We talk to them philosophy (eg how can an eskimo eat koshure food) and say “look around you and smell the coffee, “….
    They respond “IT SAYS HERE and that is ALL I NEED To know.”.

    Christianity has a foot in both the Semitic camp and the Indo-European cultural camp and although it is a bridge for some Jews and Muslims to join with the rest of the worlds “I SEE” it is now getting too politically
    connected to the USA, we need to see a revival of Orthodox music and culture in the East.

    This singer came from Island Greece, he had Orthodox and MUSLIM relatives on the Island.

    Liberal Athiesm is another escape route but I think I hate it. Bob Dylan, Leonard Cohen were great Jewish singers who could also understand Christain VISUAL indo-european thinking. Freddie Mercury (Iranian) and Queen – the ultimate visual rock muscian.

    Perhaps Bohemian Rhapsody is the greatest rock song of all.

    “Gallileo, Gallileo,” (athiest anti-religion)
    “Bismillah! We will not let you go – let him go (never)” (Bismillah is the opening word of the Qu’ran)

    “So you think you can stone me and spit in my eye
    So you think you can love me and leave me to die”
    “Nothing really matters
    Anyone can see”

    SEE – is the IndoEuropean mindset, then he goes to “Wind Blows” – the Holy Spirit.

    John

  84. sonia — on 20th May, 2006 at 12:34 pm  

    bohemian rhapsody certainly is the greatest song ever. and the clash of civilizations thesis is a self-fulfilling prophecy. think someone’s your enemy – designate them as such, and your ‘group’ will soon consider that a reality.

  85. John Browne — on 20th May, 2006 at 5:49 pm  

    sonia,
    Its you who introduced “enemy”; I just pointed out that there actually two competing (clashing) cultures. From my own history Cromwellian culure was semitic (they were pro-jew and anti-catholic) this does not mean that I am against all Cromwellian ideas or that all Cromwellian thought is the enemy of Catholism (Catholic nuns now sometimes use the prayers of Cromwell). One of the most famous quotes of Cromwell was:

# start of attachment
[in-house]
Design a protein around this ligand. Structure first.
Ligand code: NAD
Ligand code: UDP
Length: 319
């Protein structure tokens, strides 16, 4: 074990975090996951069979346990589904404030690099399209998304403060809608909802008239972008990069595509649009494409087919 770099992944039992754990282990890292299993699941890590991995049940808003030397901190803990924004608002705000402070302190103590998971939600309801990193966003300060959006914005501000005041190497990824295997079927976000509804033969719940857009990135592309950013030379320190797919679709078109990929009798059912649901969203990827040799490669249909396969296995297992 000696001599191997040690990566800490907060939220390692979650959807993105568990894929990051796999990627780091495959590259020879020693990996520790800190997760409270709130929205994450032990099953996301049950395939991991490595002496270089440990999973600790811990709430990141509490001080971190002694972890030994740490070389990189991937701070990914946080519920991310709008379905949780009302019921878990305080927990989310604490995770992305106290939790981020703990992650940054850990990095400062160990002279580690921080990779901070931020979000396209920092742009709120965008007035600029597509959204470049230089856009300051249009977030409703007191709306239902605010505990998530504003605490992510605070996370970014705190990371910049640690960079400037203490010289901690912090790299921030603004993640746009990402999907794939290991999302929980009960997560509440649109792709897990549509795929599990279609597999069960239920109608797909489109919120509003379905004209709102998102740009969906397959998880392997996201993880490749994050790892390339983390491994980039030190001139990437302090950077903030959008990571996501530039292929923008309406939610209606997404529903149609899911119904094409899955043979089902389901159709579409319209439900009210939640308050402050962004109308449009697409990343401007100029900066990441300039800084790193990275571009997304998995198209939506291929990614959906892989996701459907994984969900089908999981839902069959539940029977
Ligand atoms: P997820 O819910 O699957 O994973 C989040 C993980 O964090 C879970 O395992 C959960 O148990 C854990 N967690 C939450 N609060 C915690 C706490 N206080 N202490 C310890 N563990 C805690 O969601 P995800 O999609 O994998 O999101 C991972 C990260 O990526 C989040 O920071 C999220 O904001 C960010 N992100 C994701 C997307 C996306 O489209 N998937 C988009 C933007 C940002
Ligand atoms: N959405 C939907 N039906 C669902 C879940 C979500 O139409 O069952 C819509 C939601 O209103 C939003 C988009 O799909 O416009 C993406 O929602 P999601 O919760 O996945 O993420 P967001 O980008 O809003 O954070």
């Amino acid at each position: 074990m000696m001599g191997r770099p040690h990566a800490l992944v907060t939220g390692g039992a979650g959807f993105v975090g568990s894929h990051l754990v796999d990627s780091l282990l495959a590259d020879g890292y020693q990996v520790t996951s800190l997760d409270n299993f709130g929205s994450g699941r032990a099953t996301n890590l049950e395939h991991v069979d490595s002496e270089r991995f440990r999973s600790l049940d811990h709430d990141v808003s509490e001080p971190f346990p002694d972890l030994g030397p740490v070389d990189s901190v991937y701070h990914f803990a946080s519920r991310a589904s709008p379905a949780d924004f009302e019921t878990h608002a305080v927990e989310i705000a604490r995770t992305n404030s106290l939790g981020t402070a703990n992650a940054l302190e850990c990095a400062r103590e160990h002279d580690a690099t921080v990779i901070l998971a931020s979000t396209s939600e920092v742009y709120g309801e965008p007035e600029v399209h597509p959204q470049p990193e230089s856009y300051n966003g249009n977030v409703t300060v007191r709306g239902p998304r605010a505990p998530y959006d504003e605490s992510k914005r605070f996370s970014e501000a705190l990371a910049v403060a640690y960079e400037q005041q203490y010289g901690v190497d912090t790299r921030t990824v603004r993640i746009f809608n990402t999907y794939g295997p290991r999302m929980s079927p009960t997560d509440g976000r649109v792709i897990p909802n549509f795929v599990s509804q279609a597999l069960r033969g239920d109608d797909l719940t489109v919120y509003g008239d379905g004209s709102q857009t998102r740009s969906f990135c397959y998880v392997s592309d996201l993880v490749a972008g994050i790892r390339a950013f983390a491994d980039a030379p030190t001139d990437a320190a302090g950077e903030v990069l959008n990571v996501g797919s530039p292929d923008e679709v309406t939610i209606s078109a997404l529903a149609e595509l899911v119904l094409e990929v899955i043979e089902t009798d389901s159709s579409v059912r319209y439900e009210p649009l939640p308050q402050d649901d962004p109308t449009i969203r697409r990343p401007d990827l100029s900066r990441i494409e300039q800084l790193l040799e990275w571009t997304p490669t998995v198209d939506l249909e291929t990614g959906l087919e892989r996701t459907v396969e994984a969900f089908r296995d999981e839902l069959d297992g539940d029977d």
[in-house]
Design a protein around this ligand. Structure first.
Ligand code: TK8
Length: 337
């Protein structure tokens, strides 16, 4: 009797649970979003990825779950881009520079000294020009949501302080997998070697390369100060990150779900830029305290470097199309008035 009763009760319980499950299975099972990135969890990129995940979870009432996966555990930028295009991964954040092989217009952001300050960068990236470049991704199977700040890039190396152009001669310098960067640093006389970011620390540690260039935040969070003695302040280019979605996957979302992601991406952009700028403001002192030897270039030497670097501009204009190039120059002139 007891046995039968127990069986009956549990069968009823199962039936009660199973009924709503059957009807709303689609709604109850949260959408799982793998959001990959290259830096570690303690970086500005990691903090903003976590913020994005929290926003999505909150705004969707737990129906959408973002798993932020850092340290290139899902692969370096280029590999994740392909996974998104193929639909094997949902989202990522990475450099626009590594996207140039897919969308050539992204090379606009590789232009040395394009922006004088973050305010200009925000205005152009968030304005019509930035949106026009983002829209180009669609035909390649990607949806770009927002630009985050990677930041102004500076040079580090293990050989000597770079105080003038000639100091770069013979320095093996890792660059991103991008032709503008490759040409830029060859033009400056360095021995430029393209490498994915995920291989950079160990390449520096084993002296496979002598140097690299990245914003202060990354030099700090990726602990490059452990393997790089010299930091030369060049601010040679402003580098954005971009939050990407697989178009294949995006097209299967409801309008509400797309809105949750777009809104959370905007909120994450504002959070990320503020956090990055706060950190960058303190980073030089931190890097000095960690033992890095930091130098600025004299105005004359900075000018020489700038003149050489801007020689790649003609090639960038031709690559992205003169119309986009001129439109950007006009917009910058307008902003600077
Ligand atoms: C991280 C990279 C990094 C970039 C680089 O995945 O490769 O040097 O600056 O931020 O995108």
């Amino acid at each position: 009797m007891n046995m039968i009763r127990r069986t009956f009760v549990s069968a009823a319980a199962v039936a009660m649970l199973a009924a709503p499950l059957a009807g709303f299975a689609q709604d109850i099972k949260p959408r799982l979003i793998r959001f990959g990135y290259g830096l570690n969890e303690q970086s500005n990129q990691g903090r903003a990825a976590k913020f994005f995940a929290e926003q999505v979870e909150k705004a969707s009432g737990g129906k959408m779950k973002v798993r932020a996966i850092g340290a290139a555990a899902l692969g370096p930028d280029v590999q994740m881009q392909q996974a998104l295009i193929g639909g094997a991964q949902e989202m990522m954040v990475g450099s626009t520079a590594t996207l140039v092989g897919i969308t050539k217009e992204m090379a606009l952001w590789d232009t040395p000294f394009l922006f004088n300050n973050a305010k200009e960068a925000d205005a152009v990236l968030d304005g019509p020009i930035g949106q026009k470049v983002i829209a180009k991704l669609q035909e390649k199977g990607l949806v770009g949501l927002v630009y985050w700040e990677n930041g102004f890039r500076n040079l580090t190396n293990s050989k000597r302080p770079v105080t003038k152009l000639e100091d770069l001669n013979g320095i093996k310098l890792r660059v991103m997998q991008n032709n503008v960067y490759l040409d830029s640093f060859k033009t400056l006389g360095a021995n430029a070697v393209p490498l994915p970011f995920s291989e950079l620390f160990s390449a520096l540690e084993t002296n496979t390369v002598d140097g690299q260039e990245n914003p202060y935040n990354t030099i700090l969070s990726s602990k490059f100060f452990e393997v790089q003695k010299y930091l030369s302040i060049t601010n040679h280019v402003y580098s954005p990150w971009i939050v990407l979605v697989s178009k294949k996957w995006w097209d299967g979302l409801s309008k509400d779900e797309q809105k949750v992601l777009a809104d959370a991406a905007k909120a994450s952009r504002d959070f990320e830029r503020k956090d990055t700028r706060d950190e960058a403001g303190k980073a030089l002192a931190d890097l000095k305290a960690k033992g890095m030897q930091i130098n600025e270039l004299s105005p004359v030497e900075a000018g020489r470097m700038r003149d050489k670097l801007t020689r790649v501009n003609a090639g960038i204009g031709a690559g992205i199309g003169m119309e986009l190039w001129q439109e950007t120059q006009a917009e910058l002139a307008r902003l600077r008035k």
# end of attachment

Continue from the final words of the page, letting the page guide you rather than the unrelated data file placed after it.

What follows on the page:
“Every man thinks God is on his side, I’ll warrent God must wonder who is on His” (An atheist can take God out of the quote and put ‘Truth’ in instead).

    Freddy Mercury named himself after the Latin God Mercury and not the Greek version – Hermes. Perhaps he felt Latin was for love and music and Greece was for hidden secrets and intellect. Nevertheless Hermetic ideas are in Freddy’s songs and especially Bohemian Rhapsody. Freddy knew that the Qu’ran call in the song was a totally different culture to “Mercury” and the secret messages of (the) God(s).

  86. David T — on 20th May, 2006 at 6:52 pm  

    I’m a massive fan of Cat Stevens. I shall certainly be downloading his new album illegally off t’internet.

    Not something I’d usually, do – but I’m slightly worried about what he might do with the rumoured $1m he has re-signed for.

    Shahbaz is rumoured to have had a thing with Morrissey, btw.

  87. Jai — on 20th May, 2006 at 7:27 pm  

    A couple of points regarding Freddy Mercury:

    1. He was Zoroastrian, not Muslim. His ancestors were indeed Persian but his family were from Zanzibar, having previously been in India for many generations.

    2. As far as I know, his stage name was chosen due to similarities to his “real” name, ie. Farookh Balsara. I may be mistaken but I think Balsara is similar to a word for Mercury, although I can’t remember if this is in Hindi, Urdu, or Farsi (Persian).

  88. David T — on 20th May, 2006 at 7:48 pm  

    I remember seeing his old indian mum interviewed after his death and suddenly going… fuck me! he’s asian! I’d never realised!

  89. John Browne — on 20th May, 2006 at 8:26 pm  

    Jai,
    I never said he was Muslim (although obviously some of his East African mates would have been).

    However I can tell from his lyrics that he was a well educated man and that he was quite interested in religion. Thus he would have know that Hermetic “secret god messages” would be linked to the surname “Mercury” espcially as he WROTE songs which are themed to give subtle religious subtext messages and moods.

    For sure Mercury might well have another meaning but he would almost certainly know the hermes link – I would be incredibly surprised if he didn’t!

    http://thanasis.com/hermes.htm

    John

  90. Jay Singh — on 20th May, 2006 at 9:08 pm  

    It was the moustache that made me suspect he might have some Indian in him, before I knew he was from Bombay originally.

    When you think about it his stage presence was very Bollywood flamboyant.

  91. Jai — on 21st May, 2006 at 11:08 am  

    I meant “Mercury” in the sense of the metal, not the planet.

    And yes Jay Singh, you’re right about his flamboyant stage persona — wouldn’t be out of place on a Karan Johar movie, eh ;)

  92. Ismaeel — on 21st May, 2006 at 11:34 am  

    John,

    interesting thesis you have on the division between indo-aryan and semetic cultures, but i’m afraid it is not quite as simple as you make it out to be.